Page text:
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1 November, 2006 - 15:20 By Staff Reporter

Market logic hard to fathom as US acquisition gets thumbs down

Perhaps the acquisition was not quite as glamorous as the City whispers had indicated; perhaps investors reacted negatively to the slight dilutive effect of a placing; or maybe a measure of profit-taking was in evidence, but it has taken what looks a superb strategic acquisition and a key technology announcement to put paid to the month-long climb in speciality pharma company, BioProgress’ shares.Particularly ironic as BioProgress looks set to get its hands on significant sales and distribution channels in the US market following its agreement to buy American business airPharma.

BioProgress specialises in new ways to coat or encapsulate medicines of various forms.

The Cambridge Science Park based company’s shares stood at a shade over 40p at the beginning of October, steadily rising to a year-high of 66.5p a couple of days before the announcement of its intention to buy a US business and place a number of shares to drive further expansion in the US.

Much of the upward momentum had been fuelled by anticipation of a key acquisition, prompting BioProgress’ board to issue a ‘taster’ statement to the Exchange ahead of a more detailed announcement on October 30.

Receding to 58.25p in the wake of those announcements the company’s share price was still, even then, a comfortable pre-October year high.

Even the unveiling of a key new enabling technology at the end of the month failed to tempt investors back to the company in any real numbers, possibly already content to take bank their gains.

But the fact remains that it has been a particularly good month’s work in what has been a turbulent year for BioProgress, with much attention focussing on the company’s apparent inability to retain a finance director for more than a few weeks.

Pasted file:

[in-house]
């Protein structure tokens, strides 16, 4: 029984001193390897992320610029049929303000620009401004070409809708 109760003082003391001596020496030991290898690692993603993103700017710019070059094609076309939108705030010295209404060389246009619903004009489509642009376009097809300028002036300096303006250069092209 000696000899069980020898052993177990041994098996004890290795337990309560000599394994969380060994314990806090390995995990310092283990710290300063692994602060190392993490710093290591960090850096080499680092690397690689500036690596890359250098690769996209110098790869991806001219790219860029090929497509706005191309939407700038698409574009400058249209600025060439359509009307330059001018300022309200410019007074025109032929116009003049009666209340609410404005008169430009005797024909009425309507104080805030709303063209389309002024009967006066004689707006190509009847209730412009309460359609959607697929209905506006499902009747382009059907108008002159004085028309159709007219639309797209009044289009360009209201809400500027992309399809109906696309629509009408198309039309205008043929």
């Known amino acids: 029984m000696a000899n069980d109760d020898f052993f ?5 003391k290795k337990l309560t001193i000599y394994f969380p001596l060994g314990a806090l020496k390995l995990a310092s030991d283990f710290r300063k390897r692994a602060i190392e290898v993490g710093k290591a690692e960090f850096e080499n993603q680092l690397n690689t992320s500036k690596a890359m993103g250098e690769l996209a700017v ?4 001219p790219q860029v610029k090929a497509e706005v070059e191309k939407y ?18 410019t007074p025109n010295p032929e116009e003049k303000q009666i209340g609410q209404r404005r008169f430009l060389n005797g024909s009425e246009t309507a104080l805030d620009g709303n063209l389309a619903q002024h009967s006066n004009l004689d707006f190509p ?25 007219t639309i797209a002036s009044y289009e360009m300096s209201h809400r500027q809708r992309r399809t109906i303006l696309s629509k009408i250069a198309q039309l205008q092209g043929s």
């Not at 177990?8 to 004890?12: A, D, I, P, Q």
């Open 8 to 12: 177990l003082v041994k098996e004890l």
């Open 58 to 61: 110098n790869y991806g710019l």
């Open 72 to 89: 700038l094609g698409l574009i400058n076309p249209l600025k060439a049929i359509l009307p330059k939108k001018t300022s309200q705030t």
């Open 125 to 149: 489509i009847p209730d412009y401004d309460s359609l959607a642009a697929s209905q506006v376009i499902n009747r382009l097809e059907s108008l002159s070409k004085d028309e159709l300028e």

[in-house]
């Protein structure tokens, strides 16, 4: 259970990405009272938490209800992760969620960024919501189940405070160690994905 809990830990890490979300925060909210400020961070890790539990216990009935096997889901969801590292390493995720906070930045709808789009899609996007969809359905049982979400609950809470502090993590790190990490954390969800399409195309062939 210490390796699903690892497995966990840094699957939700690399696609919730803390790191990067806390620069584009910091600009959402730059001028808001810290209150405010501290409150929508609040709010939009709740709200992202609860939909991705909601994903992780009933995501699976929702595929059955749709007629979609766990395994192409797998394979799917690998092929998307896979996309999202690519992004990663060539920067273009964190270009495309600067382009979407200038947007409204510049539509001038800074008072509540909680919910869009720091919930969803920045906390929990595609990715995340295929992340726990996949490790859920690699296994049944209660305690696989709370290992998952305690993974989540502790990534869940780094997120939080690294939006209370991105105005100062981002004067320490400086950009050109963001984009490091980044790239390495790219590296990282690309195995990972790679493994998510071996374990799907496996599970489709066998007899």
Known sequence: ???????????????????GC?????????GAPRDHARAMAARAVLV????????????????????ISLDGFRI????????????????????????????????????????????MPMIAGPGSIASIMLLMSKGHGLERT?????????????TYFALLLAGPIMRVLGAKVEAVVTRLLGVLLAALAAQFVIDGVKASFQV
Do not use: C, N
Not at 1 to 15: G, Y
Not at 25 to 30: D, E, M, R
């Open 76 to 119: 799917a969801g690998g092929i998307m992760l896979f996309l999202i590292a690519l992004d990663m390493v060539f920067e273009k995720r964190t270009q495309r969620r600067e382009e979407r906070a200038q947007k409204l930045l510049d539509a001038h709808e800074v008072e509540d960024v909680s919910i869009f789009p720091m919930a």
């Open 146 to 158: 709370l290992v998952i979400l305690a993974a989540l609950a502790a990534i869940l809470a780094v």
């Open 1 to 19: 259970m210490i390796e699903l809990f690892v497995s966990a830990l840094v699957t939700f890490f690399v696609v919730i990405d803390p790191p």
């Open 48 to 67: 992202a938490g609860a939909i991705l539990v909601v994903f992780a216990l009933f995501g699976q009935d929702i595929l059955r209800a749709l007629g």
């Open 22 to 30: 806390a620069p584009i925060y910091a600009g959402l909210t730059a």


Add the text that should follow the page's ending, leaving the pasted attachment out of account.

The FD’s seat at the boardroom table was occupied by a succession of three different faces during a four-month period earlier in the year. The third of those faces, Hiral Patel remains with the company and the company’s assertions that the affair was an unfortunate, but ultimately trivial aberration now look far more credible. The strategic progress the company is making in US will be particularly heartening to the board.

BioProgress will pay £4.2m for the airPharma, half in cash, half in shares. The company said the deal would allow it “to leverage its enabling technologies into own branded products directly within the US market.”

The assets of airPharma comprise 20 brands, ten of which are currently marketed. Sales of the airPharma brands are expected to generate revenues of approximately £2.2m in the year ending 31 December 2006.

BioProgress also lifted the lid on a placing of just over 12 million new shares, representing 8.7 per cent of issued share capital, with new and existing institutional investor.

The oversubscribed placing brought a number of new institutional shareholders to the company.

A statement said that the proceeds from the placing will be used for further product development, further expansion of the company’s US sales and marketing infrastructure and to provide additional working capital.

In all respects with the existing ordinary shares of the company.

“The acquisition of the airPharma brands and the associated distribution, sales, manufacturing and marketing capability is an exciting development for BioProgress’ US business,” said the BioProgress CEO, Richard Trevillion.

“The synergies both in terms of our existing branded products and new line extensions should be capable of significant revenue generation in 2007. We envisage new launch opportunities early in the New Year.”

The flow of good news was further strengthened by the announcement of the launch of a new enabling technology, SoluPol, a novel method for delivering liquid dosage forms.

Liquid medicines can offer an alternative to the traditional solid dosage forms but taste issues have to be overcome. SoluPol, according to BioProgress, has the ability to mask taste, enhance stability, and create novel small volume buccal liquids, which have a muco-adhesive or muco-protective effect within the mouth.

The market for dysphagic patients, those who are unable to swallow, is significant, according to the company. For example, between 15 per cent and 33 per cent of patients in nursing homes in the UK have difficulty swallowing solid dose forms.

Eighty-two per cent of Parkinson’s disease sufferers also have difficulty in swallowing.

BioProgress has already signed up Czech Republic company, Zentiva to develop and license the technology in central Europe and it says negotiations are ongoing with licensing partners in Western Europe and in North America for both prescription and OTC rights to the product.

The company says that marketing and revenue generation of the product is anticipated to commence in 2007/8.

The anticipated global market size, it says, is in excess of $1bn.

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